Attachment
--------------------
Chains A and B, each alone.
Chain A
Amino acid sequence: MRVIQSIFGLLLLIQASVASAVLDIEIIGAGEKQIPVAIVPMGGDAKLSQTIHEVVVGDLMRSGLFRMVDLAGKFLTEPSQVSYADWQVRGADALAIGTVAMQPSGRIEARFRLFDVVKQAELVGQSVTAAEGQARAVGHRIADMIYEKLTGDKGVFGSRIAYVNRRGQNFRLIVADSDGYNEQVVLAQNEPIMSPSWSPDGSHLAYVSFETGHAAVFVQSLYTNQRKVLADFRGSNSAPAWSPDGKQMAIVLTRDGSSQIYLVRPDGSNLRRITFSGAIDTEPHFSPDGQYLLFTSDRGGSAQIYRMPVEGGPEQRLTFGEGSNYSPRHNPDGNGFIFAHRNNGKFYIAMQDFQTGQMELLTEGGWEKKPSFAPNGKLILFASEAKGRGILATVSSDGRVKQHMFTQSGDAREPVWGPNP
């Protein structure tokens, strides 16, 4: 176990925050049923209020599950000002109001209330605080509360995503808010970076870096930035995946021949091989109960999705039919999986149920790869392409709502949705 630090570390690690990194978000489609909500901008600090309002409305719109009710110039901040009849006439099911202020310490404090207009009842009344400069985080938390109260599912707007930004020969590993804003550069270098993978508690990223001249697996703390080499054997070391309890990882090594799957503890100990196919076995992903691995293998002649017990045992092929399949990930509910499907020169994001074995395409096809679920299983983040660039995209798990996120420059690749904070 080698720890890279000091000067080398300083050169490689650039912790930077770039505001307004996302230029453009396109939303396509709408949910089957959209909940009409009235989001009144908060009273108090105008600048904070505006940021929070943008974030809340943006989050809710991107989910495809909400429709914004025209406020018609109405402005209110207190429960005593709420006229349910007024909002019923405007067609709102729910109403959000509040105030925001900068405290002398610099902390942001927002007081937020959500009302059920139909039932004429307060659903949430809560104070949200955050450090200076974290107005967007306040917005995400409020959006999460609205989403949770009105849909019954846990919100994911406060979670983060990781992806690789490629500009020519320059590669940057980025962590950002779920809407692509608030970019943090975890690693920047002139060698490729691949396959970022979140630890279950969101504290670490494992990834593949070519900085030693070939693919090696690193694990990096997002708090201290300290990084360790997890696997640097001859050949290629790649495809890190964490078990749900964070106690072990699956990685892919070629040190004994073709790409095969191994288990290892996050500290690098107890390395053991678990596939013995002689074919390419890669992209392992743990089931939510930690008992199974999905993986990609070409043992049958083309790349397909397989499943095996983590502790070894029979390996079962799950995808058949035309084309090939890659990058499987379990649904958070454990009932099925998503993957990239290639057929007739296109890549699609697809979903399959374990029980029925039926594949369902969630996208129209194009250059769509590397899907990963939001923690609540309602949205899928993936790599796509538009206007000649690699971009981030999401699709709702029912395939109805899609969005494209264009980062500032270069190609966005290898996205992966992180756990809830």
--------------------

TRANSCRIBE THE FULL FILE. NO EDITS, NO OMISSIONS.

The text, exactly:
Chains A and B, each alone.
Chain A
Amino acid sequence: MRVIQSIFGLLLLIQASVASAVLDIEIIGAGEKQIPVAIVPMGGDAKLSQTIHEVVVGDLMRSGLFRMVDLAGKFLTEPSQVSYADWQVRGADALAIGTVAMQPSGRIEARFRLFDVVKQAELVGQSVTAAEGQARAVGHRIADMIYEKLTGDKGVFGSRIAYVNRRGQNFRLIVADSDGYNEQVVLAQNEPIMSPSWSPDGSHLAYVSFETGHAAVFVQSLYTNQRKVLADFRGSNSAPAWSPDGKQMAIVLTRDGSSQIYLVRPDGSNLRRITFSGAIDTEPHFSPDGQYLLFTSDRGGSAQIYRMPVEGGPEQRLTFGEGSNYSPRHNPDGNGFIFAHRNNGKFYIAMQDFQTGQMELLTEGGWEKKPSFAPNGKLILFASEAKGRGILATVSSDGRVKQHMFTQSGDAREPVWGPNP
């Protein structure tokens, strides 16, 4: 176990925050049923209020599950000002109001209330605080509360995503808010970076870096930035995946021949091989109960999705039919999986149920790869392409709502949705 630090570390690690990194978000489609909500901008600090309002409305719109009710110039901040009849006439099911202020310490404090207009009842009344400069985080938390109260599912707007930004020969590993804003550069270098993978508690990223001249697996703390080499054997070391309890990882090594799957503890100990196919076995992903691995293998002649017990045992092929399949990930509910499907020169994001074995395409096809679920299983983040660039995209798990996120420059690749904070 080698720890890279000091000067080398300083050169490689650039912790930077770039505001307004996302230029453009396109939303396509709408949910089957959209909940009409009235989001009144908060009273108090105008600048904070505006940021929070943008974030809340943006989050809710991107989910495809909400429709914004025209406020018609109405402005209110207190429960005593709420006229349910007024909002019923405007067609709102729910109403959000509040105030925001900068405290002398610099902390942001927002007081937020959500009302059920139909039932004429307060659903949430809560104070949200955050450090200076974290107005967007306040917005995400409020959006999460609205989403949770009105849909019954846990919100994911406060979670983060990781992806690789490629500009020519320059590669940057980025962590950002779920809407692509608030970019943090975890690693920047002139060698490729691949396959970022979140630890279950969101504290670490494992990834593949070519900085030693070939693919090696690193694990990096997002708090201290300290990084360790997890696997640097001859050949290629790649495809890190964490078990749900964070106690072990699956990685892919070629040190004994073709790409095969191994288990290892996050500290690098107890390395053991678990596939013995002689074919390419890669992209392992743990089931939510930690008992199974999905993986990609070409043992049958083309790349397909397989499943095996983590502790070894029979390996079962799950995808058949035309084309090939890659990058499987379990649904958070454990009932099925998503993957990239290639057929007739296109890549699609697809979903399959374990029980029925039926594949369902969630996208129209194009250059769509590397899907990963939001923690609540309602949205899928993936790599796509538009206007000649690699971009981030999401699709709702029912395939109805899609969005494209264009980062500032270069190609966005290898996205992966992180756990809830």